Easier said than done! Since we now have no choice but to reflect on the fact that our borders are busier than ever, as previously mentioned, we are facing, some countries more than others, the dilemma and responsibility to come up with a way to realistically co-exist in a multicultural society. 

Education

         The first and logical thing to do would be to educate people. Both sides should have the opportunity to learn about the other group without prejudice, apprehension or tension. If they will be co-habiting in the same society, they should know about one another.  Assuming that "what you know does not frighten you", it would remove a wide range of hostility between the parties. Learning the primary language of the country where he or she will live is key to any immigrant's integration. 

Having said that, it would have to start with the educational system which would allow the kids to grow up feeling absolutely confident of living in a melting pot society without remotely loosing their individual cultural identity that comes from their parents and their country of origin.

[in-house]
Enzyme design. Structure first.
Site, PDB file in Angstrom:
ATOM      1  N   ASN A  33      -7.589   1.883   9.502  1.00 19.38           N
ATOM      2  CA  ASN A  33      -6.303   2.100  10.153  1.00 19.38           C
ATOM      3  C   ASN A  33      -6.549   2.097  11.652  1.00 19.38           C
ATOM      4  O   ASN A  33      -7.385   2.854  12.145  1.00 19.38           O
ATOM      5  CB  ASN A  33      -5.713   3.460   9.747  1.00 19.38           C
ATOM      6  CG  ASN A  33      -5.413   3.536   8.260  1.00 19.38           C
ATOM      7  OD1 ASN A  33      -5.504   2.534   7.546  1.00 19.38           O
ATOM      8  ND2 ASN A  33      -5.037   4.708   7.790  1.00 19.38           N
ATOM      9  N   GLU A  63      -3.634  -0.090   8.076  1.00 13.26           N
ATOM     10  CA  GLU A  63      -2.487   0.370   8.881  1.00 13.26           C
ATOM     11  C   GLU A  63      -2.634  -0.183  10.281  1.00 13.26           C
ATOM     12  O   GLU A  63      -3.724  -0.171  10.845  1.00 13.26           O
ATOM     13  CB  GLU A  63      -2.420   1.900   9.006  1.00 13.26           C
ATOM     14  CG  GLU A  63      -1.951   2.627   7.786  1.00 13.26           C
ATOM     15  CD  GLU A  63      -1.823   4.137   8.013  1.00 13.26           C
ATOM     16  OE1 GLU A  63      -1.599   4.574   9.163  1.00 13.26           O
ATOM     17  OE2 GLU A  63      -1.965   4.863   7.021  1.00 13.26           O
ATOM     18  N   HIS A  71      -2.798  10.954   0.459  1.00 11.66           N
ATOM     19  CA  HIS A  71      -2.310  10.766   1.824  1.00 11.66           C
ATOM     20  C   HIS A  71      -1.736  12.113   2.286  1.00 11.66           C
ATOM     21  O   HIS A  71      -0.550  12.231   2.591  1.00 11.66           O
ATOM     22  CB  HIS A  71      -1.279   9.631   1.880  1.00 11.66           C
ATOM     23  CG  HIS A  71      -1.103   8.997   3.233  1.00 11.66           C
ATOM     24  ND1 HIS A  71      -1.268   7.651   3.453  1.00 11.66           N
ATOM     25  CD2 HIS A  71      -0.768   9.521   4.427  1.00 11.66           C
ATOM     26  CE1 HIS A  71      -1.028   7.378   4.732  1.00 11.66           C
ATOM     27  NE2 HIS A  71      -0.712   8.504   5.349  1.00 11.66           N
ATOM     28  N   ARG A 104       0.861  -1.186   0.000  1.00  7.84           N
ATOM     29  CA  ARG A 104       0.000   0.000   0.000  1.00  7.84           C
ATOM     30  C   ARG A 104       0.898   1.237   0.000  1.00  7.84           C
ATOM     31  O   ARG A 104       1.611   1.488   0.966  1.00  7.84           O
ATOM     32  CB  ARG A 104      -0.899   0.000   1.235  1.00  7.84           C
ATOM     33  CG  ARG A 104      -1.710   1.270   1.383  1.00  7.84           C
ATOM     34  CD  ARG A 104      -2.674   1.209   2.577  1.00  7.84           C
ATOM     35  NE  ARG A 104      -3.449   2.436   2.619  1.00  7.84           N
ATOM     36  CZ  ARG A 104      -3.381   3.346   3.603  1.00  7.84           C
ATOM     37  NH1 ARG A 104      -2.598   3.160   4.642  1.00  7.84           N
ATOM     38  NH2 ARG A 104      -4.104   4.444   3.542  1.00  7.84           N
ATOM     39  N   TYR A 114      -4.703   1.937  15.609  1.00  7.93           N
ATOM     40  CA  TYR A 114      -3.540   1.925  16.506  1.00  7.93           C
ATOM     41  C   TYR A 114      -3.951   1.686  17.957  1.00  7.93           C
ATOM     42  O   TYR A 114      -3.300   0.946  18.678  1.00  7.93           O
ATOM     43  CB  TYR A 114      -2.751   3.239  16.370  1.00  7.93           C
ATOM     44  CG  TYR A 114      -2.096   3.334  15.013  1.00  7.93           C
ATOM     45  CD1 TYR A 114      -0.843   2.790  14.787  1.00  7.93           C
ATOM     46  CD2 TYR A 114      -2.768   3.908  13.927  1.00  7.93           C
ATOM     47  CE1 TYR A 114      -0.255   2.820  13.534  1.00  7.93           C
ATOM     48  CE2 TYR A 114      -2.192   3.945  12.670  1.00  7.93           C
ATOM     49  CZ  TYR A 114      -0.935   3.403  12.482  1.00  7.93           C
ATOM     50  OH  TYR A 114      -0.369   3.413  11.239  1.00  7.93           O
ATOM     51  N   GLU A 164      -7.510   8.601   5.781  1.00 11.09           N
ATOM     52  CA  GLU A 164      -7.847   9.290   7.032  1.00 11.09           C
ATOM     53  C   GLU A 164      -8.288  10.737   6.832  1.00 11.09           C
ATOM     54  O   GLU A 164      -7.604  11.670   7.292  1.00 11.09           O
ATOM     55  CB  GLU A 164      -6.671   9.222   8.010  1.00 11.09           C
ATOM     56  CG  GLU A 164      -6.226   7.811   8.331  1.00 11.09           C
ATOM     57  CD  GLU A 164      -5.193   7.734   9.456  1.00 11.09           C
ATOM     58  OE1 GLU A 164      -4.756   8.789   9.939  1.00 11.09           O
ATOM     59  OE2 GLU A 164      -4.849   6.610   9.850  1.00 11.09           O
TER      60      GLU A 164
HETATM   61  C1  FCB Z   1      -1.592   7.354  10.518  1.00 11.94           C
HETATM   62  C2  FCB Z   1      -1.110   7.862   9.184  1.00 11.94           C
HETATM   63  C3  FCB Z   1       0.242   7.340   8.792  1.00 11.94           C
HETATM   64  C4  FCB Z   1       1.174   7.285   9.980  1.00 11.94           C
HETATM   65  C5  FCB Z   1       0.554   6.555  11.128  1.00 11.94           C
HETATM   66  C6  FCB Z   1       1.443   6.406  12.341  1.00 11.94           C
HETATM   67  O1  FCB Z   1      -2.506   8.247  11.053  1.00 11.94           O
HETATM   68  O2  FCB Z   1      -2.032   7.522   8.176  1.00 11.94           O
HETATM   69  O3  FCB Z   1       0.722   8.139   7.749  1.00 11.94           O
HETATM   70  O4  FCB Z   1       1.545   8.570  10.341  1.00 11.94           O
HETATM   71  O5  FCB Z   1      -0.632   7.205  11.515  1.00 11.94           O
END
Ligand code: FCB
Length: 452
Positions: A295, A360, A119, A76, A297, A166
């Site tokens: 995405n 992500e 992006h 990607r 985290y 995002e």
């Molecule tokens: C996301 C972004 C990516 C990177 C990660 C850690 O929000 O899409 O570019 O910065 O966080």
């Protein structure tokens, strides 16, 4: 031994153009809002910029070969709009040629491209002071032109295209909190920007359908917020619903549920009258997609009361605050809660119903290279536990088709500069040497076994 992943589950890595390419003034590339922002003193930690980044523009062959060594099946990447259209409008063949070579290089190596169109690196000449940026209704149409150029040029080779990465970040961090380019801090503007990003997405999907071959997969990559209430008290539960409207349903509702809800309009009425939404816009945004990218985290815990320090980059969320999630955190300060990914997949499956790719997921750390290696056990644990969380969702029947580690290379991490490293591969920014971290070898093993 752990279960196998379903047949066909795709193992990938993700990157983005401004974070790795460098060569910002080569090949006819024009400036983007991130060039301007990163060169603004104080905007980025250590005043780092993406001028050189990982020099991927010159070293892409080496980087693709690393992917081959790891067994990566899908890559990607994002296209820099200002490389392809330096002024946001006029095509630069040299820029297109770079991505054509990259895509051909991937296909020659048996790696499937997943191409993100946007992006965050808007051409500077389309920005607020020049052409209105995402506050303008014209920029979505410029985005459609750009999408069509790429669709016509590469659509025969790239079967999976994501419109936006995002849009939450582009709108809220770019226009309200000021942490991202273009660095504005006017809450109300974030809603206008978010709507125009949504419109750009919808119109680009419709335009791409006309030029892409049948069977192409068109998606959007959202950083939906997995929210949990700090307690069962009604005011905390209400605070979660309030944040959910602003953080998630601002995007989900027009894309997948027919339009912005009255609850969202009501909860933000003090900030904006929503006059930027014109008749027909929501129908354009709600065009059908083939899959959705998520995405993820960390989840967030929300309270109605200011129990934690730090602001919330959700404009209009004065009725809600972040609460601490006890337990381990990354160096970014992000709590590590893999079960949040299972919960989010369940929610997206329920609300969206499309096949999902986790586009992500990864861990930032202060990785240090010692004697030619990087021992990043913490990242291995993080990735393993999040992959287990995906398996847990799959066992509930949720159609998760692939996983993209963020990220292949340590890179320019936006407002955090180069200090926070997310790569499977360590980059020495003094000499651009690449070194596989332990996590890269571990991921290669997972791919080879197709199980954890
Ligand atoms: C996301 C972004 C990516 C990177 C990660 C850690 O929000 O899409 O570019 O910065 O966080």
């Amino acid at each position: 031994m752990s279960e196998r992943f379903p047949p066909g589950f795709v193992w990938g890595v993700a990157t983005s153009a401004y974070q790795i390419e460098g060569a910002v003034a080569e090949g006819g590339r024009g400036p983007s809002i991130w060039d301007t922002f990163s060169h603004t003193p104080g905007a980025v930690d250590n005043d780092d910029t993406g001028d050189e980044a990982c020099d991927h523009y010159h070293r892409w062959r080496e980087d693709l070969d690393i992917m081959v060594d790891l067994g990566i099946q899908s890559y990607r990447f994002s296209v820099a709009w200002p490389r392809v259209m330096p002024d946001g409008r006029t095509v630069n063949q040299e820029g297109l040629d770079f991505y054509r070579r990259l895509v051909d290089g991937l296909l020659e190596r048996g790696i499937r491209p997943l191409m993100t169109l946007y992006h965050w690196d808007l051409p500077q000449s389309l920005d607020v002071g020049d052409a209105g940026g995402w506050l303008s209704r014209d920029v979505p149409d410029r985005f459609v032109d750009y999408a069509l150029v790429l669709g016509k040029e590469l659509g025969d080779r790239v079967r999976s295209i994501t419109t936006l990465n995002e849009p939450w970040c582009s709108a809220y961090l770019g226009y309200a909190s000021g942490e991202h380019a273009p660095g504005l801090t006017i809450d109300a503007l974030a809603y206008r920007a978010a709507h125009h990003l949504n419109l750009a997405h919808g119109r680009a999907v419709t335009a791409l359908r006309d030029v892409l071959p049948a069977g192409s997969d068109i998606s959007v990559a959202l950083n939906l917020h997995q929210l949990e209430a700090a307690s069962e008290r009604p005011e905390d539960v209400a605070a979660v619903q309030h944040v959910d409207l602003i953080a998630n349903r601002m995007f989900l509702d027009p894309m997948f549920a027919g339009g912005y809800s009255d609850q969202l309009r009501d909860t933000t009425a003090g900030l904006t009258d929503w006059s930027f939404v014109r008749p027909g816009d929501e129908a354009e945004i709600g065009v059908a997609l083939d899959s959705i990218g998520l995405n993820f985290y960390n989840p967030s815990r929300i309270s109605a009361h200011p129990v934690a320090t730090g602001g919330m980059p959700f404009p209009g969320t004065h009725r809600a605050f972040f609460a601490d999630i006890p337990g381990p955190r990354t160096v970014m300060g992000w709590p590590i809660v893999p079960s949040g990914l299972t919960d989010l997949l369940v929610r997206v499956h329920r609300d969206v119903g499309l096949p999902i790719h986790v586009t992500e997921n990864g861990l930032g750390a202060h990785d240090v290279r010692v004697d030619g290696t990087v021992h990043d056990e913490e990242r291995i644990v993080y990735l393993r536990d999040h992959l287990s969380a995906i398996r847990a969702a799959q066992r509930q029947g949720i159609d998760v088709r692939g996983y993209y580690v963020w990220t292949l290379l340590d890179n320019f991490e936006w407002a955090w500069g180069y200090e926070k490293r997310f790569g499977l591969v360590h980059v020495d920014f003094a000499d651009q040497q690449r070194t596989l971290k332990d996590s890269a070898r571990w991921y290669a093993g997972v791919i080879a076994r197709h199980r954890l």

Labor Market

        Employers are also a big part of integration. They must have plans and should work together with the government to provide training and other opportunities for immigrants. Of course these solutions and means are often customized to their specific needs and targeted for a specific culture. The labor market integration depends on giving the chance to cope with individual life changes while making sure the surrounding society develops, progresses and responds to changes in its population.